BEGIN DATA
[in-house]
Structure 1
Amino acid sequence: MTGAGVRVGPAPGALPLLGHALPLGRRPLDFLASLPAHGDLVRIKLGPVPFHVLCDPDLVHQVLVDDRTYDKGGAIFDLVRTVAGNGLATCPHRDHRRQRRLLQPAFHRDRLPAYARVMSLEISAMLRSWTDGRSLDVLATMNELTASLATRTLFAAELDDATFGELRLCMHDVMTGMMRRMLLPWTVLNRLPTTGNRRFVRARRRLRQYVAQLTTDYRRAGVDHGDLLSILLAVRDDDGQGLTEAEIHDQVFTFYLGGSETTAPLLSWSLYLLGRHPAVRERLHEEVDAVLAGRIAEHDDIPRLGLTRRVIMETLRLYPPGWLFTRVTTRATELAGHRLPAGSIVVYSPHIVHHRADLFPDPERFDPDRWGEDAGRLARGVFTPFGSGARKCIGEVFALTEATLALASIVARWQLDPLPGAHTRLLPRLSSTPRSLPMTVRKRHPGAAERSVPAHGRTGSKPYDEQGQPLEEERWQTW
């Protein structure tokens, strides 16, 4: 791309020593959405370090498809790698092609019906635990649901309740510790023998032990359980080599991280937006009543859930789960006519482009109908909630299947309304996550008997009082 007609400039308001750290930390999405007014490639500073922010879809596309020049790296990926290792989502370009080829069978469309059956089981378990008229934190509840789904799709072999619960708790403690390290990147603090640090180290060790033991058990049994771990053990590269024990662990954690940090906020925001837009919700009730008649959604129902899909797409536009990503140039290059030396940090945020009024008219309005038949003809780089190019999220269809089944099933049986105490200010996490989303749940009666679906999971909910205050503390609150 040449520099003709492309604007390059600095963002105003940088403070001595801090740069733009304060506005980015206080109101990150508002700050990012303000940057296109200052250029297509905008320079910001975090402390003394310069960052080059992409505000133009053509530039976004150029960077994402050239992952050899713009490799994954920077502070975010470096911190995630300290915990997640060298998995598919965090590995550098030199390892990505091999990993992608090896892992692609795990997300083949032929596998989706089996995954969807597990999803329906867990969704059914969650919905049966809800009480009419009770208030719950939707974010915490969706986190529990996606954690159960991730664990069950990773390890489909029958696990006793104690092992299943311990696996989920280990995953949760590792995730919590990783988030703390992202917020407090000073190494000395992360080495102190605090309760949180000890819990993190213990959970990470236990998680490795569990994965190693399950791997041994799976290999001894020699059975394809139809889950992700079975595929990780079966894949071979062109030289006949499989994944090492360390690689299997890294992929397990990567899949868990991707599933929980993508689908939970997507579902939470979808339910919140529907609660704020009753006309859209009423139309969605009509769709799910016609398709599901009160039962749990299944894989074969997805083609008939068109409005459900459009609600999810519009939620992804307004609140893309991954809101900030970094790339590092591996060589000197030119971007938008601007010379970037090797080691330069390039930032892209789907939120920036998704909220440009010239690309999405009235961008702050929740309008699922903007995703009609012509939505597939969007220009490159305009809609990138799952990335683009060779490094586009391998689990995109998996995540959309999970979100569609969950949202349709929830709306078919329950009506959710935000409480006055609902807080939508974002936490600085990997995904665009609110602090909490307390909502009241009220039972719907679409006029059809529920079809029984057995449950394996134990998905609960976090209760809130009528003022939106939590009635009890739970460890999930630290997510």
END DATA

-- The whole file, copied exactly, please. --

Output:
[in-house]
Structure 1
Amino acid sequence: MTGAGVRVGPAPGALPLLGHALPLGRRPLDFLASLPAHGDLVRIKLGPVPFHVLCDPDLVHQVLVDDRTYDKGGAIFDLVRTVAGNGLATCPHRDHRRQRRLLQPAFHRDRLPAYARVMSLEISAMLRSWTDGRSLDVLATMNELTASLATRTLFAAELDDATFGELRLCMHDVMTGMMRRMLLPWTVLNRLPTTGNRRFVRARRRLRQYVAQLTTDYRRAGVDHGDLLSILLAVRDDDGQGLTEAEIHDQVFTFYLGGSETTAPLLSWSLYLLGRHPAVRERLHEEVDAVLAGRIAEHDDIPRLGLTRRVIMETLRLYPPGWLFTRVTTRATELAGHRLPAGSIVVYSPHIVHHRADLFPDPERFDPDRWGEDAGRLARGVFTPFGSGARKCIGEVFALTEATLALASIVARWQLDPLPGAHTRLLPRLSSTPRSLPMTVRKRHPGAAERSVPAHGRTGSKPYDEQGQPLEEERWQTW
């Protein structure tokens, strides 16, 4: 791309020593959405370090498809790698092609019906635990649901309740510790023998032990359980080599991280937006009543859930789960006519482009109908909630299947309304996550008997009082 007609400039308001750290930390999405007014490639500073922010879809596309020049790296990926290792989502370009080829069978469309059956089981378990008229934190509840789904799709072999619960708790403690390290990147603090640090180290060790033991058990049994771990053990590269024990662990954690940090906020925001837009919700009730008649959604129902899909797409536009990503140039290059030396940090945020009024008219309005038949003809780089190019999220269809089944099933049986105490200010996490989303749940009666679906999971909910205050503390609150 040449520099003709492309604007390059600095963002105003940088403070001595801090740069733009304060506005980015206080109101990150508002700050990012303000940057296109200052250029297509905008320079910001975090402390003394310069960052080059992409505000133009053509530039976004150029960077994402050239992952050899713009490799994954920077502070975010470096911190995630300290915990997640060298998995598919965090590995550098030199390892990505091999990993992608090896892992692609795990997300083949032929596998989706089996995954969807597990999803329906867990969704059914969650919905049966809800009480009419009770208030719950939707974010915490969706986190529990996606954690159960991730664990069950990773390890489909029958696990006793104690092992299943311990696996989920280990995953949760590792995730919590990783988030703390992202917020407090000073190494000395992360080495102190605090309760949180000890819990993190213990959970990470236990998680490795569990994965190693399950791997041994799976290999001894020699059975394809139809889950992700079975595929990780079966894949071979062109030289006949499989994944090492360390690689299997890294992929397990990567899949868990991707599933929980993508689908939970997507579902939470979808339910919140529907609660704020009753006309859209009423139309969605009509769709799910016609398709599901009160039962749990299944894989074969997805083609008939068109409005459900459009609600999810519009939620992804307004609140893309991954809101900030970094790339590092591996060589000197030119971007938008601007010379970037090797080691330069390039930032892209789907939120920036998704909220440009010239690309999405009235961008702050929740309008699922903007995703009609012509939505597939969007220009490159305009809609990138799952990335683009060779490094586009391998689990995109998996995540959309999970979100569609969950949202349709929830709306078919329950009506959710935000409480006055609902807080939508974002936490600085990997995904665009609110602090909490307390909502009241009220039972719907679409006029059809529920079809029984057995449950394996134990998905609960976090209760809130009528003022939106939590009635009890739970460890999930630290997510």